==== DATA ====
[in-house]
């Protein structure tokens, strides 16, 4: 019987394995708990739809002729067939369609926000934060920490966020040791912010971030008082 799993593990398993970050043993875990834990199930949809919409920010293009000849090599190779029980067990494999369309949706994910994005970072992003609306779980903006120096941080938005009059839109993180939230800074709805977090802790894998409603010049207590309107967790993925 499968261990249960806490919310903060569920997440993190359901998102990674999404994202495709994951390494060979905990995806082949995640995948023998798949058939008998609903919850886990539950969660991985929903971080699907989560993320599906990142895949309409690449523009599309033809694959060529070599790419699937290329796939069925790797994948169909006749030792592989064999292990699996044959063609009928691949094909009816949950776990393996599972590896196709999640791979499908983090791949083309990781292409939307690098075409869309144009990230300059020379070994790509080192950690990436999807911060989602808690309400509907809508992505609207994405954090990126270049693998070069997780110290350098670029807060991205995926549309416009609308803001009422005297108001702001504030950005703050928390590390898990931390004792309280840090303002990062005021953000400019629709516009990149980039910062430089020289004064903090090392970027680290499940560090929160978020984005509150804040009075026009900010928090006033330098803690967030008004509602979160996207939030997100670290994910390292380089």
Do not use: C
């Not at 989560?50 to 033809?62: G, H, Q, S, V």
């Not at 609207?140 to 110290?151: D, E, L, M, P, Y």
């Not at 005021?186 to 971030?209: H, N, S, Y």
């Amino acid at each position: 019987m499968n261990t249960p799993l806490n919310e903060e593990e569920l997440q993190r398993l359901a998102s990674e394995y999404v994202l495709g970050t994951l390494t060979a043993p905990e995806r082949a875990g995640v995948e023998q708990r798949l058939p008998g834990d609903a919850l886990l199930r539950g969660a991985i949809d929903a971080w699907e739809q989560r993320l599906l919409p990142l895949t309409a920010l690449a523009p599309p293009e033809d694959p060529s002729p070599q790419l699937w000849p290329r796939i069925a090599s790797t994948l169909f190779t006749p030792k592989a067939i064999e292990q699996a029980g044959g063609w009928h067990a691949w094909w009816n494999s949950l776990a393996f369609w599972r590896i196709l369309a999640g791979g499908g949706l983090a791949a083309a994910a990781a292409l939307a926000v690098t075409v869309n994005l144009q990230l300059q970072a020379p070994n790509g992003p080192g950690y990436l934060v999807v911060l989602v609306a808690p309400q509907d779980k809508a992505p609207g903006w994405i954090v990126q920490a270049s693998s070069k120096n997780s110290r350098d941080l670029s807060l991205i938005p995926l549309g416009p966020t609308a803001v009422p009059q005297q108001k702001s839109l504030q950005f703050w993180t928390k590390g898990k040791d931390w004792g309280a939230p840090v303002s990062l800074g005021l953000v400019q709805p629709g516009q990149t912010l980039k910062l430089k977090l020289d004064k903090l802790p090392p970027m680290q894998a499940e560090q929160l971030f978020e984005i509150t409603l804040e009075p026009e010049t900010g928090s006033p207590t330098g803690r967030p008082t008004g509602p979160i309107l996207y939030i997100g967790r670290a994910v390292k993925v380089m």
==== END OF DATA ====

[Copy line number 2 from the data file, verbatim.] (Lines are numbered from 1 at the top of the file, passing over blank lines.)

């Protein structure tokens, strides 16, 4: 019987394995708990739809002729067939369609926000934060920490966020040791912010971030008082 799993593990398993970050043993875990834990199930949809919409920010293009000849090599190779029980067990494999369309949706994910994005970072992003609306779980903006120096941080938005009059839109993180939230800074709805977090802790894998409603010049207590309107967790993925 499968261990249960806490919310903060569920997440993190359901998102990674999404994202495709994951390494060979905990995806082949995640995948023998798949058939008998609903919850886990539950969660991985929903971080699907989560993320599906990142895949309409690449523009599309033809694959060529070599790419699937290329796939069925790797994948169909006749030792592989064999292990699996044959063609009928691949094909009816949950776990393996599972590896196709999640791979499908983090791949083309990781292409939307690098075409869309144009990230300059020379070994790509080192950690990436999807911060989602808690309400509907809508992505609207994405954090990126270049693998070069997780110290350098670029807060991205995926549309416009609308803001009422005297108001702001504030950005703050928390590390898990931390004792309280840090303002990062005021953000400019629709516009990149980039910062430089020289004064903090090392970027680290499940560090929160978020984005509150804040009075026009900010928090006033330098803690967030008004509602979160996207939030997100670290994910390292380089």